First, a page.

A Practical Guide for Single Domain Antibody Production

Antibodies are biological protein molecules produced by immune B cells stimulated by antigens and can bind to antigens specifically. Due to their ability to bind antigens with high specificity and high affinity, antibodies are widely used in academic research, disease diagnosis and medical drugs.

The conventional antibody (IgG) is a protein complex composed of two identical heavy chains and two identical light chains. The light chain contains one variable region and one constant region, named VL and CL, respectively. The heavy chain contains one variable region and three constant regions, named VH, CH1, CH2 and CH3, respectively. The VH region and the VL region together constitute the smallest antigen recognition unit of conventional antibodies, and the sequence difference of the antibody variable region determines that it can specifically recognize and bind different antigens. The CL and CH regions are relatively conserved. The CH2 and CH3 regions play an important role in the recruitment of immune cells to perform ADCC and CDC functions.

Heavy chain antibody is a special antibody composed of only two heavy chains naturally occurring in camelids and cartilaginous fish and includes a variable domain of heavy chain (VHH, Variable domain of heavy chain antibody) and two conventional CH2 and CH3 regions. The CH1 region is naturally absent. Heavy chain antibodies bind to antigens through the variable region (VHH) on the heavy chain, which can exist independently and stably in vitro. VHH is also named as camelid single domain antibody (SdAb) or nanobody. Nanobody crystals are about 2.5nm in diameter and 4nm in length, and its molecular weight is only 1/10 (about 12-15KD) of conventional intact antibodies (about 150KD), but they still keep complete antigen recognition capabilities with high affinity.

Compared with conventional antibodies, nanobodies are smaller, more hydrophilic and can be mass-produced by recombinant expression in E. coli or yeast, effectively avoiding the batch-to-batch production variation of conventional antibodies. Due to these characteristics, nanobodies have a series of advantages in new drug discovery, showing great potential:

  • It can bind to protein conformational epitopes that cannot be recognized by conventional antibodies, and has higher specificity to the target.

  • Better tissue penetration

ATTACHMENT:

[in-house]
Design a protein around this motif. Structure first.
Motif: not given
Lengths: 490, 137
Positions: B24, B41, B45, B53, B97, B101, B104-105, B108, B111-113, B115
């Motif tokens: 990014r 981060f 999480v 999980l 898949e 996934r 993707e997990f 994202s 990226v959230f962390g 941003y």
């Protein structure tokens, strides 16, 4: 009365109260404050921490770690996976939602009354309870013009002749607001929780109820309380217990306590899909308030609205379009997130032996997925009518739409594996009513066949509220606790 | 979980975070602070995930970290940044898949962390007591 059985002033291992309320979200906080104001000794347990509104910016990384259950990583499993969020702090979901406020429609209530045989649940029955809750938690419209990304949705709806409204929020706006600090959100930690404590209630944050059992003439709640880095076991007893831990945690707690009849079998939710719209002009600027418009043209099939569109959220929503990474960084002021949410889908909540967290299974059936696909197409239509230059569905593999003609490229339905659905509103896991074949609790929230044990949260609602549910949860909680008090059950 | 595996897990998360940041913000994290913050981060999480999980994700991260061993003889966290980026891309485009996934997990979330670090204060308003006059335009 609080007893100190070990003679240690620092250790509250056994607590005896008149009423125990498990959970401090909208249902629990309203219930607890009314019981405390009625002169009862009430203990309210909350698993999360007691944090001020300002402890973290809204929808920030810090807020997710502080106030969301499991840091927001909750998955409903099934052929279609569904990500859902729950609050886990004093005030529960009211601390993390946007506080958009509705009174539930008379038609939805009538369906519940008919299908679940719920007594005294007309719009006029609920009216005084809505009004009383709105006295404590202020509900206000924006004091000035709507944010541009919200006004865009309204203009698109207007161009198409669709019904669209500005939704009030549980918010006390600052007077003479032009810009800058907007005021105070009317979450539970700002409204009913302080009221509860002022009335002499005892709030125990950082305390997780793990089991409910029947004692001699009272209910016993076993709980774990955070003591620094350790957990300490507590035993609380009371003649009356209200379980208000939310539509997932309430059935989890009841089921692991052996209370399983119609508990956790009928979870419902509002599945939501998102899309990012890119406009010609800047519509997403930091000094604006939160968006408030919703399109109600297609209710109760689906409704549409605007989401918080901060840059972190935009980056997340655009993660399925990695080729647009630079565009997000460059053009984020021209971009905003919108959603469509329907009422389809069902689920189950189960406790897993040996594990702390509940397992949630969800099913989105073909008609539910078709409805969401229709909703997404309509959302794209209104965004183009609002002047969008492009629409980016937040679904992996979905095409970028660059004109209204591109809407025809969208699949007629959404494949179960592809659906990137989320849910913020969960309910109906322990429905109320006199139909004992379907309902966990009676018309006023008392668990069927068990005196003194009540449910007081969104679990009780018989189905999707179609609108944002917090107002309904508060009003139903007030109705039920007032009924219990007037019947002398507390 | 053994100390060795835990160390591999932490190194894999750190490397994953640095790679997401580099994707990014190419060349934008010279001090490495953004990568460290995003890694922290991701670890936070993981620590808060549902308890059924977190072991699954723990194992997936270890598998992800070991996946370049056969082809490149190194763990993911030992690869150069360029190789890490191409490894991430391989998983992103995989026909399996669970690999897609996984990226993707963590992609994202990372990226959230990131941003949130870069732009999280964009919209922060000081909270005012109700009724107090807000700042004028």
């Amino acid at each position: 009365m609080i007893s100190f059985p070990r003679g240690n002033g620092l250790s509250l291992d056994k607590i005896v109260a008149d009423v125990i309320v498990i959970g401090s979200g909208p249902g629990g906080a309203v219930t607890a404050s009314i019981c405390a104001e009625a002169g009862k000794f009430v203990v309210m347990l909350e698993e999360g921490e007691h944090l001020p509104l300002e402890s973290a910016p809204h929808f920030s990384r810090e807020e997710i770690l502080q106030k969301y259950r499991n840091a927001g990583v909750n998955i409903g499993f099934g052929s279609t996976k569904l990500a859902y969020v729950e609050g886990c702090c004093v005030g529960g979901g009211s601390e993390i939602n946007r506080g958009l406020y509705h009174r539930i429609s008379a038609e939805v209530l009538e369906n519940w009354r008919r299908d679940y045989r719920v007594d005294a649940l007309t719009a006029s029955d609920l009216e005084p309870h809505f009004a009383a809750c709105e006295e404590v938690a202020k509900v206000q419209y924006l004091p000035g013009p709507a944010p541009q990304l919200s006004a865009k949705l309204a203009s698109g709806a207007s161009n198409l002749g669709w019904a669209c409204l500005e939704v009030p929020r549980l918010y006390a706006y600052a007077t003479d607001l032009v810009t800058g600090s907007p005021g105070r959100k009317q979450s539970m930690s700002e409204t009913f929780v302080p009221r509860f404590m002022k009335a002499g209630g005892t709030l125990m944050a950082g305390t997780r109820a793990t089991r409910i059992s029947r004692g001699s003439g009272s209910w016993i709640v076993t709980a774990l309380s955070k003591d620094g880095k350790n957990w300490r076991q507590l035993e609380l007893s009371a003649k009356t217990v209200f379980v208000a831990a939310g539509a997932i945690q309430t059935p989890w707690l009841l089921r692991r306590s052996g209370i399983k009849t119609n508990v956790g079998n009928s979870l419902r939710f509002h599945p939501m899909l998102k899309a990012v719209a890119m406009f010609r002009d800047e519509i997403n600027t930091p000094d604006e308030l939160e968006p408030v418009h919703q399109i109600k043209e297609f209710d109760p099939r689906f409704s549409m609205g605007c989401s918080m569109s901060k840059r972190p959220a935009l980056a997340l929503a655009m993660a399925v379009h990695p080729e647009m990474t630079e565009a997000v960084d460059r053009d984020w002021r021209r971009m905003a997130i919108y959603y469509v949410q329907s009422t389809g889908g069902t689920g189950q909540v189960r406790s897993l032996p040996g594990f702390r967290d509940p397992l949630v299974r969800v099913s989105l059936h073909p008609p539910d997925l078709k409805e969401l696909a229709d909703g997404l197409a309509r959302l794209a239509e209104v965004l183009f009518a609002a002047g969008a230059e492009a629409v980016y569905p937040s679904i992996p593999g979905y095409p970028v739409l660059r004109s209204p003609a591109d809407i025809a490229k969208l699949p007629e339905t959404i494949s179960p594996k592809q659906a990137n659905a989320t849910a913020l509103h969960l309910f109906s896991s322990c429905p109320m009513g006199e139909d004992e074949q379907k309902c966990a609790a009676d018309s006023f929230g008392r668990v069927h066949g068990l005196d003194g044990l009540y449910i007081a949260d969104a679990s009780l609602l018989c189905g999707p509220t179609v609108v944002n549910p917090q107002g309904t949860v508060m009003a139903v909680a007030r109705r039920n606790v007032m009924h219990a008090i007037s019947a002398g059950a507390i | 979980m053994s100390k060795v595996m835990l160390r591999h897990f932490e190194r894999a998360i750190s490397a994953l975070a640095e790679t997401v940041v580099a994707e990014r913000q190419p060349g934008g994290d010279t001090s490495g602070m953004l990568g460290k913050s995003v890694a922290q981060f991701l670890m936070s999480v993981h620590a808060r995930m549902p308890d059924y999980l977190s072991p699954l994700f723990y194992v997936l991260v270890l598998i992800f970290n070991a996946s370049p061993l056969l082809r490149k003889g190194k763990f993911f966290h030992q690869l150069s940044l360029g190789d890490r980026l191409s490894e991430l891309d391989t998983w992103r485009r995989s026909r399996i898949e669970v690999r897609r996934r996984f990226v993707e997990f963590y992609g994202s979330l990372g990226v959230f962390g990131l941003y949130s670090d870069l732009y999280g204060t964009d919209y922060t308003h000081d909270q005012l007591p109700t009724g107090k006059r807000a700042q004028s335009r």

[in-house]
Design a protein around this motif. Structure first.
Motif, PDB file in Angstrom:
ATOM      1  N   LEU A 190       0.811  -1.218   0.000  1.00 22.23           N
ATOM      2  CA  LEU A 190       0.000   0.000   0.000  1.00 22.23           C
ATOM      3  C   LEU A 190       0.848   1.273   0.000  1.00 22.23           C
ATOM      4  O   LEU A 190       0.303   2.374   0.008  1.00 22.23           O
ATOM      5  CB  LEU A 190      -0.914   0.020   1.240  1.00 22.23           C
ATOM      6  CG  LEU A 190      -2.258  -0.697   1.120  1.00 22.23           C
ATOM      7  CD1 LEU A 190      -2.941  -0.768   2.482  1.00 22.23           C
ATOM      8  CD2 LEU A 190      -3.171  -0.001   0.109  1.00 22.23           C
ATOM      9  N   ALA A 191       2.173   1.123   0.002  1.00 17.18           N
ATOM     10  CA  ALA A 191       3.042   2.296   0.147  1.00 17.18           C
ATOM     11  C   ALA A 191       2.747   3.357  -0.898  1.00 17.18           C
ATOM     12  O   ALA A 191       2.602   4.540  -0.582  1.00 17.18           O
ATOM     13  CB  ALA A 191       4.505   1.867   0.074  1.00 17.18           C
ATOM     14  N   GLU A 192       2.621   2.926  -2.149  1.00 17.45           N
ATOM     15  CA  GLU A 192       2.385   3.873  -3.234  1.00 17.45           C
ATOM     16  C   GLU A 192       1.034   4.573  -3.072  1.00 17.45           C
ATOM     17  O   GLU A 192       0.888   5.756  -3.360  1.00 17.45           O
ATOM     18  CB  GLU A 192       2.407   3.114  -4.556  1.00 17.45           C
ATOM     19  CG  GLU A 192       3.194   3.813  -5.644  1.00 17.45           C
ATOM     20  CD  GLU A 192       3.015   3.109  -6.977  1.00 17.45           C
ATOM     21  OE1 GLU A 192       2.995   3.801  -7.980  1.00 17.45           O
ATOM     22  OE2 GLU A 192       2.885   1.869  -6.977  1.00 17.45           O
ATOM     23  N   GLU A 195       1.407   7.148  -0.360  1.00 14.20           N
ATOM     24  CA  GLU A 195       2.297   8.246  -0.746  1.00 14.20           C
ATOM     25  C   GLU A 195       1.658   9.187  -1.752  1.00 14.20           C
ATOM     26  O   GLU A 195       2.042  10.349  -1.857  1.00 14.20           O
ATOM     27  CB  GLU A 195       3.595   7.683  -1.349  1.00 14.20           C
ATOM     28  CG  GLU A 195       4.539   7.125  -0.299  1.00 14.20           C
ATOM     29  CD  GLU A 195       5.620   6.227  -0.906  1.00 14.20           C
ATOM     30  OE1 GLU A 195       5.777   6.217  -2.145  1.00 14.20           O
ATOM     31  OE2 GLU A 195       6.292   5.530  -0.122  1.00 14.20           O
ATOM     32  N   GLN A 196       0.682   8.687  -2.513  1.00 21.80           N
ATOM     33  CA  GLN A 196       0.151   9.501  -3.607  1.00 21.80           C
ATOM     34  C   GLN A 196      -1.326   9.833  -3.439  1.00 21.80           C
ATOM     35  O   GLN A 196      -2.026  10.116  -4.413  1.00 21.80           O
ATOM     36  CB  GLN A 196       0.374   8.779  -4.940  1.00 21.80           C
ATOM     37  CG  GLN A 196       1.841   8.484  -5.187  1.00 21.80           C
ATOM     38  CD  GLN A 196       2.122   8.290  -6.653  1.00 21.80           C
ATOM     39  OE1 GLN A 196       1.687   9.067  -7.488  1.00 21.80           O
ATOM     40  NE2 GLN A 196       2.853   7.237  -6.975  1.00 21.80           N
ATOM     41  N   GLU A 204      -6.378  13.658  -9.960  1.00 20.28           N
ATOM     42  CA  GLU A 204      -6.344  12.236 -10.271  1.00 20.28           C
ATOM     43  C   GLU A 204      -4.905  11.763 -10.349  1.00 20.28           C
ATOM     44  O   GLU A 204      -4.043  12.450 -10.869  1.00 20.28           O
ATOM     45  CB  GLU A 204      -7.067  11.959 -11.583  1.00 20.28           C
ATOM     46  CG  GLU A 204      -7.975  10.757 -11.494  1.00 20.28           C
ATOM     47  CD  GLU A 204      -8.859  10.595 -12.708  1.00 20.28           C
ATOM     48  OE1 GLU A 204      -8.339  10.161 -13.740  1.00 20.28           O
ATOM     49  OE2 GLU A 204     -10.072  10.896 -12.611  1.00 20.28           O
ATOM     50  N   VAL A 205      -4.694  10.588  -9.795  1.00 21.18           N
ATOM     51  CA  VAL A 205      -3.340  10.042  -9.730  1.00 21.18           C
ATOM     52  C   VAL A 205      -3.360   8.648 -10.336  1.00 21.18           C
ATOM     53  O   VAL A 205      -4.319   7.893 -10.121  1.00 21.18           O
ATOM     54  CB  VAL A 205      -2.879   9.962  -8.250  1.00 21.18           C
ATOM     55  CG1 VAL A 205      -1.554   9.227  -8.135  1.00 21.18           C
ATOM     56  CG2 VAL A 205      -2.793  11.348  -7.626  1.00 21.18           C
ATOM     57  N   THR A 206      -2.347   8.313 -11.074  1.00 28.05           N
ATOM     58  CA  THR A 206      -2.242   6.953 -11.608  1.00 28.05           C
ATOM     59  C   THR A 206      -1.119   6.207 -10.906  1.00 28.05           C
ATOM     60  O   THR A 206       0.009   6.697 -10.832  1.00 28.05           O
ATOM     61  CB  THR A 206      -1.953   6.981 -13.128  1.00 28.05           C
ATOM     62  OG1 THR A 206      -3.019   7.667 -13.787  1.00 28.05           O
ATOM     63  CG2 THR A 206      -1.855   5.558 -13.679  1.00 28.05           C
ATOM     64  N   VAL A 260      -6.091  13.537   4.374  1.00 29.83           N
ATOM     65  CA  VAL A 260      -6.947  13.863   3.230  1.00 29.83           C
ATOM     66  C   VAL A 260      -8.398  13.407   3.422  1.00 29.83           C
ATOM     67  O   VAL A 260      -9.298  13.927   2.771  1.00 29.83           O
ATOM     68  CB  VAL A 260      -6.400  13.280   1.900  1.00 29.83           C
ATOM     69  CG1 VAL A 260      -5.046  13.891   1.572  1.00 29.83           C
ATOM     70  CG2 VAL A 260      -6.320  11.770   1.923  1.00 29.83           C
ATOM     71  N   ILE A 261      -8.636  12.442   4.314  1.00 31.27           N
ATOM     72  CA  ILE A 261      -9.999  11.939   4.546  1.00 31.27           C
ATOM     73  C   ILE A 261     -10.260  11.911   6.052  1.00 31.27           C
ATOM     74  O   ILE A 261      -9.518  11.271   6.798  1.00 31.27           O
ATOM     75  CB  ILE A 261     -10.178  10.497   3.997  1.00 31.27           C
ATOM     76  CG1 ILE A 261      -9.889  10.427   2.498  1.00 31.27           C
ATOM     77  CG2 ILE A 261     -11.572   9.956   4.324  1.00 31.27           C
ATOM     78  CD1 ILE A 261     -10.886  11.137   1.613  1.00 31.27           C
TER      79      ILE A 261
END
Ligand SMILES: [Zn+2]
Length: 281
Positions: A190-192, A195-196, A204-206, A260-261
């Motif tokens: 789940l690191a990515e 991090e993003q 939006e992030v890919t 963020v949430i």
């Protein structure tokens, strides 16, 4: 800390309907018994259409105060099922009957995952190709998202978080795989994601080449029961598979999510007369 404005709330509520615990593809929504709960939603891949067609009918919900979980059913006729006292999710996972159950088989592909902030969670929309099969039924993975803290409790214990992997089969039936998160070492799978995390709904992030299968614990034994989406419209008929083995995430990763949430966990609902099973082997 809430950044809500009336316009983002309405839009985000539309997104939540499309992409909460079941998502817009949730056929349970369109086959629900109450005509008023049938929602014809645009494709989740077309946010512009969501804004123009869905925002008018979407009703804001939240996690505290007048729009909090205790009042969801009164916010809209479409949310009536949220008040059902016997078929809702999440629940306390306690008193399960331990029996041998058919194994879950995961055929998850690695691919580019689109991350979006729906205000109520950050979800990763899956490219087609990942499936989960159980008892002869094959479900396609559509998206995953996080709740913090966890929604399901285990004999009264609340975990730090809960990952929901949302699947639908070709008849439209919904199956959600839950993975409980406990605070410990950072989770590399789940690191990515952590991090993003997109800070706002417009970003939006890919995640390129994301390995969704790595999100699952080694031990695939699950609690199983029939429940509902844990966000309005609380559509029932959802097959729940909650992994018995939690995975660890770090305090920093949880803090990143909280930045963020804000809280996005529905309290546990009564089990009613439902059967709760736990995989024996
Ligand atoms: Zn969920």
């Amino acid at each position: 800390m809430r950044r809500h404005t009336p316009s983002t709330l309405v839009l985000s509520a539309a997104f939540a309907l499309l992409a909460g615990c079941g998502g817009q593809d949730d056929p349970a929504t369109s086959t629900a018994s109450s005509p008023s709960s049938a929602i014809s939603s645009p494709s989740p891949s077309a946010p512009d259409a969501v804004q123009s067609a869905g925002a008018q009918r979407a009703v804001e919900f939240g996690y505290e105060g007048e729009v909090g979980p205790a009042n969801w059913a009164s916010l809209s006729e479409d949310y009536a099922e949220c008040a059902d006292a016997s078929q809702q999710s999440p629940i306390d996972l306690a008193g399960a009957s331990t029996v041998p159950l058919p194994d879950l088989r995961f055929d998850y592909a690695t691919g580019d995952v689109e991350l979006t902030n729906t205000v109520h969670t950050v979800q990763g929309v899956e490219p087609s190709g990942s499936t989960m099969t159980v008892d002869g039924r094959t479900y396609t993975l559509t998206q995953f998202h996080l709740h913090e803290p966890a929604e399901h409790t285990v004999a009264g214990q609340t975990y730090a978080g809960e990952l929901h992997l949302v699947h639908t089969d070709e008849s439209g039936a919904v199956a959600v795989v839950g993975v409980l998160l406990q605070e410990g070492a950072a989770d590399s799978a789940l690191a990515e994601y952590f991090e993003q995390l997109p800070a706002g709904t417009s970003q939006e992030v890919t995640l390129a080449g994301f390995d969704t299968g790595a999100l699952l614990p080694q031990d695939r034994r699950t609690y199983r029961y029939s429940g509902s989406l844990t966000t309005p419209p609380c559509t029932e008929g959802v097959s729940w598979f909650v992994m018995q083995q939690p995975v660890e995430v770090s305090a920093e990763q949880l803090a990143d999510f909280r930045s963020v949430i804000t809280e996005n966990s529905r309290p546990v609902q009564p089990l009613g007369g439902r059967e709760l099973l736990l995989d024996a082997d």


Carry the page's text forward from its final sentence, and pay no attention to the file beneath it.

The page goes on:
• Higher stability

  • Suitable for industrialized large-scale production

  • Easier to modify and optimize

  • Easier to humanize


Due to these characteristics of nanobodies, more and more research institutions and drug manufacturers are paying attention to and trying to use nanobodies in different scenarios. The development of nanobodies is different from the traditional method of preparing monoclonal antibodies through hybridomas. Nanobodies can be discovered by immunizing alpacas with antigen, constructing phage libraries using isolated PBMC after successful immunization, and screening by phage display and phage ELISA. Positive nanobody candidates are then expressed and purified to further verify whether they can bind to the antigen specifically or not. Here, we will describe in detail the process of discovering nanobodies in our lab, as well as the key points and operating skills. Each step has been optimized and summarized by Alpa Life for your reference.

General experimental process of nanobody development and discovery:

The experimental process mainly includes alpaca immunization, phage library construction, nanobody screening, nanobody candidate expression, purification, and verification. After antigen immunization in alpacas,the specific antibodies are matured in vivo by the action of the immune system. B lymphocytes are then isolated for extraction of total RNA. cDNA is obtained by reverse transcription using RNA as template. cDNA is then used as template for nested PCR to obtain diverse nanobody encoding frame DNA fragments. The nanobody DNA fragments are then enzyme digested and linked to phagemids to form phage libraries. Nanobodies are screened by phage display and screening technology, and the positive nanobody candidates were further verified by Elisa or SPR analysis.


1. Antigen preparation: Antigen quality including purity and bioactivity should be confirmed before immunization. Multiple freeze-thaw cycles should be avoided to mimimize denaturation. An alpaca can be immunized with 1-3 protein antigens at the same time. Each antigen for each immunization injection should be kept at about 0.5mg and the total antigen volume should be less than 1.5 mL. The volume of antigen and adjuvant emulsified would be 1:1 before immunization.

2. Alpaca immunization: Emulsified antigen is injected subcutaneously at multiple locations near the neck draining lymph nodes (neck base near the bow lymph node) of the alpaca. Each location is injected with about 0.4 mL of the emulsified antigen. Immunized alpaca will be observed for half an hour to confirm that the animal is in good condition and has no side symptoms. Immunizations are usually performed for at least 4 times at bi-weekly intervals.